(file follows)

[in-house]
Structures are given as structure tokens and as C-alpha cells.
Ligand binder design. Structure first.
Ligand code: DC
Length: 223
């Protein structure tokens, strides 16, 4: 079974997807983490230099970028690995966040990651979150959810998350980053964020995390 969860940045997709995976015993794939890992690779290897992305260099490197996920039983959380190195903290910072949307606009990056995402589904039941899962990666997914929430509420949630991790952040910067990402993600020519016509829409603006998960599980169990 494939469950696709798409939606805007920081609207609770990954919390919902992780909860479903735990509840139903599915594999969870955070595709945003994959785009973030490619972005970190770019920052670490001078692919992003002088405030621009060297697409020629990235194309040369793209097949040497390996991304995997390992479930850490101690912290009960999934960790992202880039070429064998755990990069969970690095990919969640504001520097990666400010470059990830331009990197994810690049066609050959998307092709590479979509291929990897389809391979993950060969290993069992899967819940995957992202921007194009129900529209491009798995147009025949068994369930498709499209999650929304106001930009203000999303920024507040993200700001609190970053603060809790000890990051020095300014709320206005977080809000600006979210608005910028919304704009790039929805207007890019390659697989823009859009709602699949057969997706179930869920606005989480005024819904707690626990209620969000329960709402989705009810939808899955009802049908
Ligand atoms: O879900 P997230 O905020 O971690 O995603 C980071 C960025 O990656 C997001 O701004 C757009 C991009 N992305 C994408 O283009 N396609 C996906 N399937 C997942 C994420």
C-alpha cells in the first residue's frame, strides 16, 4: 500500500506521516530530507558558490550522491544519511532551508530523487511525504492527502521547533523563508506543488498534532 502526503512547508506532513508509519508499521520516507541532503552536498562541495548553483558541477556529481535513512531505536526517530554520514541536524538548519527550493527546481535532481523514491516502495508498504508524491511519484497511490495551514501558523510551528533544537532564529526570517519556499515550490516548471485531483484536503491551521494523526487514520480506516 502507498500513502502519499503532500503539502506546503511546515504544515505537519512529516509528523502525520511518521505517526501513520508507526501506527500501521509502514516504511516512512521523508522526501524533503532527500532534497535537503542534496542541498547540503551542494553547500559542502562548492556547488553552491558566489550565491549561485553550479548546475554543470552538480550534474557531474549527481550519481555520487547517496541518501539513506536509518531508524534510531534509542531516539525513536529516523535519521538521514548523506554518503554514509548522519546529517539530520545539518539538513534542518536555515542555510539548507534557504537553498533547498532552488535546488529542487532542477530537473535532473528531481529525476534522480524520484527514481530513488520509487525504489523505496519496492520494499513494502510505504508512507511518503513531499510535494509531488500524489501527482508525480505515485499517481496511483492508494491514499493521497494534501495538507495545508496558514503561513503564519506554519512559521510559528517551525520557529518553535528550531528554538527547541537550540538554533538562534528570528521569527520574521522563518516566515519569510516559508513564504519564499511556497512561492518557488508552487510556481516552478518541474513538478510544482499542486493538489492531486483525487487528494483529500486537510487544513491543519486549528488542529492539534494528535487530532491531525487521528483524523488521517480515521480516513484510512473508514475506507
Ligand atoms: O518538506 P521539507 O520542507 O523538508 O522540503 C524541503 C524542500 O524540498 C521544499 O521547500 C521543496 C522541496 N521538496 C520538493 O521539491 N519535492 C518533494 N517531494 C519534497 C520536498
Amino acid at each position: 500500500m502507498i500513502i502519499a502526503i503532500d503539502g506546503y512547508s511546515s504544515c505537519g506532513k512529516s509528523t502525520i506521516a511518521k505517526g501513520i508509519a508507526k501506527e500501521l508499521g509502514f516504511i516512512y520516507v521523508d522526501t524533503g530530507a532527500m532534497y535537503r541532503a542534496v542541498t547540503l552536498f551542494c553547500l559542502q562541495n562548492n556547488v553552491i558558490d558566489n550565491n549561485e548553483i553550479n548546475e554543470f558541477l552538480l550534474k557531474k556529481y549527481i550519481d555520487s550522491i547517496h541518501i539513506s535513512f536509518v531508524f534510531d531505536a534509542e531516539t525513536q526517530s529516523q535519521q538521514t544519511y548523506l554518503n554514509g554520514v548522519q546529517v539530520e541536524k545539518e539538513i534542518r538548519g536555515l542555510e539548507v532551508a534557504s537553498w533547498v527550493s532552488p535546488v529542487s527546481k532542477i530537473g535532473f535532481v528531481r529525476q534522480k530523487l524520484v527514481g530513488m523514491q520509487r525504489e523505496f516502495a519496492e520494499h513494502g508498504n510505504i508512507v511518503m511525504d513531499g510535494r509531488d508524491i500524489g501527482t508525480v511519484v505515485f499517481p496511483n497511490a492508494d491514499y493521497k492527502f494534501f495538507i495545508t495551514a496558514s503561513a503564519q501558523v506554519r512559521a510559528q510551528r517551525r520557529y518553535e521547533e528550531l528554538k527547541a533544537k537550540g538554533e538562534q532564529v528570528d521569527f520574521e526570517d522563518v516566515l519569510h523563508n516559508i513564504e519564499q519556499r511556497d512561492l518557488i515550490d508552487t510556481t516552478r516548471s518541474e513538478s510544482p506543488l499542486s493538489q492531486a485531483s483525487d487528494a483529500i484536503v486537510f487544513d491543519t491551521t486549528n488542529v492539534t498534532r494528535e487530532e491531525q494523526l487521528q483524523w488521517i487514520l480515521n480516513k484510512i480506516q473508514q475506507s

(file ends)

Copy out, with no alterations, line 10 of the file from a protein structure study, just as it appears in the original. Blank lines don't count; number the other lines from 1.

Amino acid at each position: 500500500m502507498i500513502i502519499a502526503i503532500d503539502g506546503y512547508s511546515s504544515c505537519g506532513k512529516s509528523t502525520i506521516a511518521k505517526g501513520i508509519a508507526k501506527e500501521l508499521g509502514f516504511i516512512y520516507v521523508d522526501t524533503g530530507a532527500m532534497y535537503r541532503a542534496v542541498t547540503l552536498f551542494c553547500l559542502q562541495n562548492n556547488v553552491i558558490d558566489n550565491n549561485e548553483i553550479n548546475e554543470f558541477l552538480l550534474k557531474k556529481y549527481i550519481d555520487s550522491i547517496h541518501i539513506s535513512f536509518v531508524f534510531d531505536a534509542e531516539t525513536q526517530s529516523q535519521q538521514t544519511y548523506l554518503n554514509g554520514v548522519q546529517v539530520e541536524k545539518e539538513i534542518r538548519g536555515l542555510e539548507v532551508a534557504s537553498w533547498v527550493s532552488p535546488v529542487s527546481k532542477i530537473g535532473f535532481v528531481r529525476q534522480k530523487l524520484v527514481g530513488m523514491q520509487r525504489e523505496f516502495a519496492e520494499h513494502g508498504n510505504i508512507v511518503m511525504d513531499g510535494r509531488d508524491i500524489g501527482t508525480v511519484v505515485f499517481p496511483n497511490a492508494d491514499y493521497k492527502f494534501f495538507i495545508t495551514a496558514s503561513a503564519q501558523v506554519r512559521a510559528q510551528r517551525r520557529y518553535e521547533e528550531l528554538k527547541a533544537k537550540g538554533e538562534q532564529v528570528d521569527f520574521e526570517d522563518v516566515l519569510h523563508n516559508i513564504e519564499q519556499r511556497d512561492l518557488i515550490d508552487t510556481t516552478r516548471s518541474e513538478s510544482p506543488l499542486s493538489q492531486a485531483s483525487d487528494a483529500i484536503v486537510f487544513d491543519t491551521t486549528n488542529v492539534t498534532r494528535e487530532e491531525q494523526l487521528q483524523w488521517i487514520l480515521n480516513k484510512i480506516q473508514q475506507s